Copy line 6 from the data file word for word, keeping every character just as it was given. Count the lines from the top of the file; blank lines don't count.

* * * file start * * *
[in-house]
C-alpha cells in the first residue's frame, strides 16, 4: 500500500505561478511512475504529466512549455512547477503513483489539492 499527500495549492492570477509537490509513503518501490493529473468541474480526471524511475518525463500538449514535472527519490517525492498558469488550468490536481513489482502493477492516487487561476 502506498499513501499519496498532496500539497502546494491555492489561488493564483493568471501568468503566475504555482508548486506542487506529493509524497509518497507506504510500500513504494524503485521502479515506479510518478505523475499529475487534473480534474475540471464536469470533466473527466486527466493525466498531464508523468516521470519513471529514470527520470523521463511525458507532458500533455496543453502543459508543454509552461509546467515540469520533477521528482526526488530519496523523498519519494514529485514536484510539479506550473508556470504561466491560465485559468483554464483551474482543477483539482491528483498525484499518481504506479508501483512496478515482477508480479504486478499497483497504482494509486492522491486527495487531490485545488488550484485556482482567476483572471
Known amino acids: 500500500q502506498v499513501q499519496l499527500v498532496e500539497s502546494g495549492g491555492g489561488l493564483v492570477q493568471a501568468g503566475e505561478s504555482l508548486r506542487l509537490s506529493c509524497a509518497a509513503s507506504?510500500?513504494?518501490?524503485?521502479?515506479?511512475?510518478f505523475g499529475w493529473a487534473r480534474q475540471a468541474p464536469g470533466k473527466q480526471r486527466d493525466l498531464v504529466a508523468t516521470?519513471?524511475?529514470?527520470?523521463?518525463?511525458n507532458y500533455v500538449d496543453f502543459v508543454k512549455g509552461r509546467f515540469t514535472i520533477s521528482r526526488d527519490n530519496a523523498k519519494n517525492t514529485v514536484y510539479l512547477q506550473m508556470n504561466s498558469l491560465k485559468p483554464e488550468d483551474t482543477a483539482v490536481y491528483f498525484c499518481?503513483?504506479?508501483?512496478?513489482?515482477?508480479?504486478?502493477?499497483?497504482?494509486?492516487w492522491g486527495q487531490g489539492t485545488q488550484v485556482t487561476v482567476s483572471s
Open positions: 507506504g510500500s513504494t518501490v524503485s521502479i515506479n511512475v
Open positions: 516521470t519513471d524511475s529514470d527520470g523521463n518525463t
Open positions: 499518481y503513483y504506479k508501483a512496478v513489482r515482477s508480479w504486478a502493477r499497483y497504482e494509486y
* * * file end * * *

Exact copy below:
Open positions: 499518481y503513483y504506479k508501483a512496478v513489482r515482477s508480479w504486478a502493477r499497483y497504482e494509486y